In­stead Ses­sions, like Trump has re­cently, ‘ dou­bled down’ on his state­ments, push­ing back on those who dis­agreed with the new pol­icy. It was also good feed­ing for the FOP he was speak­ing to, who clearly ‘ate up’ all Ses­sions and Trump were dish­ing out. As the Ex­ec­u­tive Di­rec­tor of the FOP, James Pasco, said, “We’re not talk­ing about tanks and can­nons. Ar­mored ve­hi­cles don’t at­tack peo­ple; they pro­tect peo­ple and not ev­ery­one can af­ford this equip­ment.”

Trump, in his own past state­ments, was at least a lit­tle more di­rect and clear about what he hoped for in this. In a speech he gave in Long Is­land, New York, to law en­force­ment of­fi­cials there on July 28, 2017, he openly pushed for po­lice of­fi­cers to be “rough” with those they’re con­fronting. He went on to talk about those the po­lice ap­pre­hend as “thugs be­ing thrown into the back of a paddy wagon’, and told the law en­force­ment of­fi­cials he was speak­ing to, “Don’t be too nice”.

Those who had wit­nessed the hellish sit­u­a­tions raised in Fer­gu­son and other com­mu­ni­ties when such weapons were brought in dis­agreed strongly.

Jani Nel­son, as­so­ciate di­rec­tor-coun­sel at the NAACP Le­gal De­fense Fund, said in their state­ment on this that Trump’s plan would “give law en­force­ment un­fet­tered ac­cess to equip­ment that has been used to in­tim­i­date com­mu­ni­ties of color, with lit­tle to no train­ing or over­sight”. She re­minded ev­ery­one of what had hap­pened in the re­cent past when that was al­lowed, as she said that, “Just a few sum­mers ago, our na­tion watched as Fer­gu­son raised the specter of in­creased po­lice mil­i­ta­riza­tion. The law en­force­ment re­sponse there and in too many places across the coun­try demon­strated how per­ilous, es­pe­cially for black and brown com­mu­ni­ties, a mil­i­ta­rized po­lice force can be.''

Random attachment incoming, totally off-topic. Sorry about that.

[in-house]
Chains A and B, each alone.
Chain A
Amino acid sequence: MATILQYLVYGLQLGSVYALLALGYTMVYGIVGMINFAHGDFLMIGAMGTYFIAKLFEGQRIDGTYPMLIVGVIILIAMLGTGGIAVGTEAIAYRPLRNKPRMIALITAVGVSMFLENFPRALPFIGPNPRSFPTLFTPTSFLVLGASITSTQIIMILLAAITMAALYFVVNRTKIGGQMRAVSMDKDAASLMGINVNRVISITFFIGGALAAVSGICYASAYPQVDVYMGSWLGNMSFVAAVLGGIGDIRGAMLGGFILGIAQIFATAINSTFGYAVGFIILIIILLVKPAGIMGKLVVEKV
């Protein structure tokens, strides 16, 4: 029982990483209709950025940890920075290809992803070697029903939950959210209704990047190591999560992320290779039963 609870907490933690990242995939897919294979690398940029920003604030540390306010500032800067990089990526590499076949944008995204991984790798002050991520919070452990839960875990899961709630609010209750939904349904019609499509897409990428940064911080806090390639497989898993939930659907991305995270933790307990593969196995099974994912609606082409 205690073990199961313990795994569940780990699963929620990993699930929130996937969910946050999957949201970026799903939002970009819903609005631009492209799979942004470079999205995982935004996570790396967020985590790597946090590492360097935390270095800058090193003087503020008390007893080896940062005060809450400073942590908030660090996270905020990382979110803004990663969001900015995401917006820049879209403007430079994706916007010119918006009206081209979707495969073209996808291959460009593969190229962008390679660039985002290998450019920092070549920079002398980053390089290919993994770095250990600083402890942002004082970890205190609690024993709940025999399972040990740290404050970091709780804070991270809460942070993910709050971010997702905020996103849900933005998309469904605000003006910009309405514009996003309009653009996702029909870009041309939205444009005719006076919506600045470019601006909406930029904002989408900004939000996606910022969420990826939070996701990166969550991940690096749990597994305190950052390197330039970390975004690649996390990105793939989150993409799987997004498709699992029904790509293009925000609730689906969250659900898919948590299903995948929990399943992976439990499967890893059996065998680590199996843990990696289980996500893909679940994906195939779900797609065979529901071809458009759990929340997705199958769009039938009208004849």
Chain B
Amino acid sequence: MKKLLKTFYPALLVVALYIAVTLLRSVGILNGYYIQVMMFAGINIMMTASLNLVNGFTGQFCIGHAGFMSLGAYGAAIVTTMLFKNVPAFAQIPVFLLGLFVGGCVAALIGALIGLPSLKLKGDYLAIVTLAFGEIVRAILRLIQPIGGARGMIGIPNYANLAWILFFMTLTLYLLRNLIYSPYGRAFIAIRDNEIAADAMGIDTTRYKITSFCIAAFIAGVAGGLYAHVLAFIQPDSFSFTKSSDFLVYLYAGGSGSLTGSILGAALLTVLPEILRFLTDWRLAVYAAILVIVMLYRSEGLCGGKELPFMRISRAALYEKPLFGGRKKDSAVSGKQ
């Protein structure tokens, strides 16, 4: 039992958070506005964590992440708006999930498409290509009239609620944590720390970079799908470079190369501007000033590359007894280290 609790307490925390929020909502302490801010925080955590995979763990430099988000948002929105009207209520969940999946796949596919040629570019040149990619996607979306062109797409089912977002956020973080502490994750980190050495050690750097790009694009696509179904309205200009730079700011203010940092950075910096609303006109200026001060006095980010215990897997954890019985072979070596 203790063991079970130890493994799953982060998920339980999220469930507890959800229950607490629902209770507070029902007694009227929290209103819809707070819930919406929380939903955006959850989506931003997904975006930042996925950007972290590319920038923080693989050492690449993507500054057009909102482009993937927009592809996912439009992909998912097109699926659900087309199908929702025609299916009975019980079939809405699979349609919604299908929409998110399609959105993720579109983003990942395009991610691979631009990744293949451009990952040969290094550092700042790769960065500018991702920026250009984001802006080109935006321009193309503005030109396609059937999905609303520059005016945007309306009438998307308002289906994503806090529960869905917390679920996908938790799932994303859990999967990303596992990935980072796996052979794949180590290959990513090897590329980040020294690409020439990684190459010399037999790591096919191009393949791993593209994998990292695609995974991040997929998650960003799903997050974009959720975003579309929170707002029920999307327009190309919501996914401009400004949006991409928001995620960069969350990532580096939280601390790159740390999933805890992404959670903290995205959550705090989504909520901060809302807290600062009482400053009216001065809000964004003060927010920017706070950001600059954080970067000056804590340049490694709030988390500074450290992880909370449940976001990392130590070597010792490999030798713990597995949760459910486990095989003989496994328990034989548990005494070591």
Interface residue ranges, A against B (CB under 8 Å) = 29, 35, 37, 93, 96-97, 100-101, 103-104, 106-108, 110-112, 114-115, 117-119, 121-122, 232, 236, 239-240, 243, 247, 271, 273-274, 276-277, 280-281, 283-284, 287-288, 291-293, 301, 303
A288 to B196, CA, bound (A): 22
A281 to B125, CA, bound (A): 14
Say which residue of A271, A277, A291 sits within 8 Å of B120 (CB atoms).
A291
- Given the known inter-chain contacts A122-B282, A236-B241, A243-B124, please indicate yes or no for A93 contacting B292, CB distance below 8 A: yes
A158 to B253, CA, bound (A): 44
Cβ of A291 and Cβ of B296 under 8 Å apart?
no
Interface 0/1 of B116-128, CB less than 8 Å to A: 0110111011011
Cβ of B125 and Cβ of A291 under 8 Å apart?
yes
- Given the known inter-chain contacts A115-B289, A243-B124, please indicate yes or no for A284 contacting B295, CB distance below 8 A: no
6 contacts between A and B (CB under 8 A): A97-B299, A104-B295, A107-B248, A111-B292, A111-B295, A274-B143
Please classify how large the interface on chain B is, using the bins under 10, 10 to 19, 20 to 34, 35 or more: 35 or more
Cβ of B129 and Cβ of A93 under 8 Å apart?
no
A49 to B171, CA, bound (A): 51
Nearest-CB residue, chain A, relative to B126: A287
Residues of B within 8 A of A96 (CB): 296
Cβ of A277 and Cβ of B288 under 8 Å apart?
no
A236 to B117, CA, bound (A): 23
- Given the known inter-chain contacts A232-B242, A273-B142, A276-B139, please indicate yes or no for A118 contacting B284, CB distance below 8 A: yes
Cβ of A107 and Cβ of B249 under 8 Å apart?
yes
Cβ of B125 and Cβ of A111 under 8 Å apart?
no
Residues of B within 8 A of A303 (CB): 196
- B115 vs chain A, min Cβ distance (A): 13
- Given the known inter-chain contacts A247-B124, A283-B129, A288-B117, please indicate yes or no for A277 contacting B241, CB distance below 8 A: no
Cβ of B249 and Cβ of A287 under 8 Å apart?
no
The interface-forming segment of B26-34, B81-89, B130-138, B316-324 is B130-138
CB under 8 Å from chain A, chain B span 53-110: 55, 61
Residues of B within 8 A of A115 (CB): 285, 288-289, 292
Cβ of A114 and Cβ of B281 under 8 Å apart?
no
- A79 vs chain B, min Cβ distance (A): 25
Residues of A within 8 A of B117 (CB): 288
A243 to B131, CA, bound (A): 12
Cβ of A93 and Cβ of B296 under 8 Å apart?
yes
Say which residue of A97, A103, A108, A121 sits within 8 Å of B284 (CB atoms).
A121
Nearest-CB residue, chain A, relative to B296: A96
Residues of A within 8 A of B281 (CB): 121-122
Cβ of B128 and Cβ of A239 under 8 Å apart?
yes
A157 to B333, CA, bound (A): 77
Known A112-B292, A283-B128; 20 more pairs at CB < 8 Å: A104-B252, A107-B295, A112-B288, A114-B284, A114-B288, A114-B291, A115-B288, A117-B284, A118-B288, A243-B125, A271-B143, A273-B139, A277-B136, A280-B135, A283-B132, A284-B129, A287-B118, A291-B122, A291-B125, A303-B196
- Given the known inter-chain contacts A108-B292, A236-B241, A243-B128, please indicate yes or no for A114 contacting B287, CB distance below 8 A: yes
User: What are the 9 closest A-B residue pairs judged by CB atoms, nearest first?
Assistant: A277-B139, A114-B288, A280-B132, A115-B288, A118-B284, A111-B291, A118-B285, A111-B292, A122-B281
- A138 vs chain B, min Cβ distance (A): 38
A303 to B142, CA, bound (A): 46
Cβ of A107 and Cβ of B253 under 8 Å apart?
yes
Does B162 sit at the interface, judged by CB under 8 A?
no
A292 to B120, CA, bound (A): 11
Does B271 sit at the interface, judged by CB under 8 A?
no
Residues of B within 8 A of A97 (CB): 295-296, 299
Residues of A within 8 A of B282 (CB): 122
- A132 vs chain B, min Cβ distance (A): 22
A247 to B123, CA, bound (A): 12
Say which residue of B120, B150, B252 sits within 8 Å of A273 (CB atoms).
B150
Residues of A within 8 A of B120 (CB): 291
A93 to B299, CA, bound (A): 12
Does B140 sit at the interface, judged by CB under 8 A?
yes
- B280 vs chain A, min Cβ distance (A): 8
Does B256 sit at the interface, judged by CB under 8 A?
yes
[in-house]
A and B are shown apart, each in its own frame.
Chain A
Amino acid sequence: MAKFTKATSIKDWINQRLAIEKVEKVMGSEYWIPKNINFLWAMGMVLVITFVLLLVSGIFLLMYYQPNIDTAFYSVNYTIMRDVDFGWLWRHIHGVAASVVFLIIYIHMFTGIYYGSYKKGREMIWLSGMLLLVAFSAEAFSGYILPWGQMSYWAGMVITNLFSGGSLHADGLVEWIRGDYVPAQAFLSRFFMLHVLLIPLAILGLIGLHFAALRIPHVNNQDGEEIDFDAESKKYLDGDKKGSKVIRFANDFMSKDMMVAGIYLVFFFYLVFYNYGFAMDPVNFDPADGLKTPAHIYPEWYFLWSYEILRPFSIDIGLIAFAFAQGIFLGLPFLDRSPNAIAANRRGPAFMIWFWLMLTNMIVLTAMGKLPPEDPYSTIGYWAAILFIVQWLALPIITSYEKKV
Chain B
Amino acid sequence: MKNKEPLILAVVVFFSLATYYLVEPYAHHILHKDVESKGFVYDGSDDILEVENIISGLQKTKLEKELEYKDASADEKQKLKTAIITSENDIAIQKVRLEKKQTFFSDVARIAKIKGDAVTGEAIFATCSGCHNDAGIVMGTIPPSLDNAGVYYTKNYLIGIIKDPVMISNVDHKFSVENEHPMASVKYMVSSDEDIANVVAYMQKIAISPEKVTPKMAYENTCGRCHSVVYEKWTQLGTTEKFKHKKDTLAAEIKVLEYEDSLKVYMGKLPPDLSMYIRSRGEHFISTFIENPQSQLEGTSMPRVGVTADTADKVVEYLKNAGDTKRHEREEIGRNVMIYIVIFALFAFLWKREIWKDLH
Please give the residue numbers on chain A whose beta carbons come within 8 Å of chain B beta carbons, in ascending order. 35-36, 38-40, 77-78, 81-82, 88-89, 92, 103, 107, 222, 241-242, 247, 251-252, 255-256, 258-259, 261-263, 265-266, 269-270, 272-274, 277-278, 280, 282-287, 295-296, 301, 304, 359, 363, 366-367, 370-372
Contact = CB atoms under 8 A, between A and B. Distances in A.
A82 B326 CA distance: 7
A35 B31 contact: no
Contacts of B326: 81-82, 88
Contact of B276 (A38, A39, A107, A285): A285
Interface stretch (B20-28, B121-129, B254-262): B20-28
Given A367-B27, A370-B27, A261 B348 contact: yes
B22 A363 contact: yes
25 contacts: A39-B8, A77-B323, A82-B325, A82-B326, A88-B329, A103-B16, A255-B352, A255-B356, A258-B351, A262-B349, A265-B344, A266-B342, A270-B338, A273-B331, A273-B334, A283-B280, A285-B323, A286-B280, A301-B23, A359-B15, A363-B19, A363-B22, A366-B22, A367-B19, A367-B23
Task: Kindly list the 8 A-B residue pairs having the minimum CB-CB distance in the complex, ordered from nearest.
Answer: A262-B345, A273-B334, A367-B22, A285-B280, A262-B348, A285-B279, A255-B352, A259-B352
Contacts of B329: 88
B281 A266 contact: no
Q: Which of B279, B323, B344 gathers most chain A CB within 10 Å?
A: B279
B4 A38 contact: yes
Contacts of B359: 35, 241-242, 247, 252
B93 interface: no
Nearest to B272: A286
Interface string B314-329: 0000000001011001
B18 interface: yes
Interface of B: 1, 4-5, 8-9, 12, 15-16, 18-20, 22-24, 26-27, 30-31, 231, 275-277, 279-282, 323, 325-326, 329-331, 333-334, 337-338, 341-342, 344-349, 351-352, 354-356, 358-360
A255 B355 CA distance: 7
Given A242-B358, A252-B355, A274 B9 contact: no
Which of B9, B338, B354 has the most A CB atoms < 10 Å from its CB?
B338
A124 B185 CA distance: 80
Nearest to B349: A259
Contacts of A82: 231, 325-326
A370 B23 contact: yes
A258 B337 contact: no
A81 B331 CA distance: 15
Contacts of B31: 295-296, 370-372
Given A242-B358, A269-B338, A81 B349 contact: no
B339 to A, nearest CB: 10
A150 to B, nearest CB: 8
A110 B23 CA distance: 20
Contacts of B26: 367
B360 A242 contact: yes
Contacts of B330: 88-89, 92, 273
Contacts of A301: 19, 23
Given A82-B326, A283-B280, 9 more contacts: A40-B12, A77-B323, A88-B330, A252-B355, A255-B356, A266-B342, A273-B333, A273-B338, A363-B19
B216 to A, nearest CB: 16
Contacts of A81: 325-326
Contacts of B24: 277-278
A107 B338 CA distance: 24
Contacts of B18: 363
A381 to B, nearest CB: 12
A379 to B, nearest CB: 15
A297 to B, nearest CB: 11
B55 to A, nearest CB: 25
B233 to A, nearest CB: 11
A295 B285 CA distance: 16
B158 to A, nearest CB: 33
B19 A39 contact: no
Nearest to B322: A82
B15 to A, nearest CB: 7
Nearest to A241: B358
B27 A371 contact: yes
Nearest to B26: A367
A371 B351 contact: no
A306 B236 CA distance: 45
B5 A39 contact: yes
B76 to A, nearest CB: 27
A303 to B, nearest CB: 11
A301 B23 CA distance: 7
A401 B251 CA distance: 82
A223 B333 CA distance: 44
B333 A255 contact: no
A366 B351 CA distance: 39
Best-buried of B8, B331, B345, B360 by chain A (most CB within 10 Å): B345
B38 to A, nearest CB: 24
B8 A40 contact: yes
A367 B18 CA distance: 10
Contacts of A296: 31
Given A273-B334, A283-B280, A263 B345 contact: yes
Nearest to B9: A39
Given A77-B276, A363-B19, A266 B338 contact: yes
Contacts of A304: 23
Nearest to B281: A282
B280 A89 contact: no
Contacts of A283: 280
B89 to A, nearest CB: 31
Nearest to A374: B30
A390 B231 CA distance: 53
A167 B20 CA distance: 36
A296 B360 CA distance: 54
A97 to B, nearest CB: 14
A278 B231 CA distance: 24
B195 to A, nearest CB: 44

The Pres­i­dent of the Lead­er­ship Con­fer­ence for Civil and Hu­man Rights, Vanita Gupta, said the Obama or­der was put in place to sup­port the idea of po­lice hav­ing “a guardian, not war­rior men­tal­ity” when it came to re­spond to lo­cal prob­lems. Gupta went on to say that this new de­ci­sion by the White House, es­pe­cially in con­sid­er­a­tion of Trump’s open sup­port of the white su­prem­a­cists in Char­lottesville, “re­flects this ad­min­is­tra­tion’s now open ef­fort to es­ca­late racial ten­sions in our coun­try.”

Repub­li­can Sen­a­tor Rand Paul of Kentucky also called out the Trump ad­min­is­tra­tion’s new move to al­low mil­i­tary weapons into Amer­ica’s cities. In a state­ment he said, “Amer­i­cans must never sac­ri­fice their lib­erty for an elu­sive and dan­ger­ous – or false – se­cu­rity. The mil­i­ta­riza­tion of our law en­force­ment is due to an un­prece­dented ex­pan­sion of gov­ern­ment power in this realm.”

The new ex­ec­u­tive or­der is a tragedy which only the U.S. Congress can over­turn.

Trump’s fanning of the flames of racial ten­sions in the U.S. is al­ready at a peak, and the new ex­ec­u­tive or­der looks to be one which will cause more un­needed fight­ing and killings. It is un­for­tu­nately only a mat­ter of time for that, based on past civil un­rest go­ing back to the ear­li­est days of the Civil Rights Move­ment, along with the lessons of Fer­gu­son, Mis­souri and more.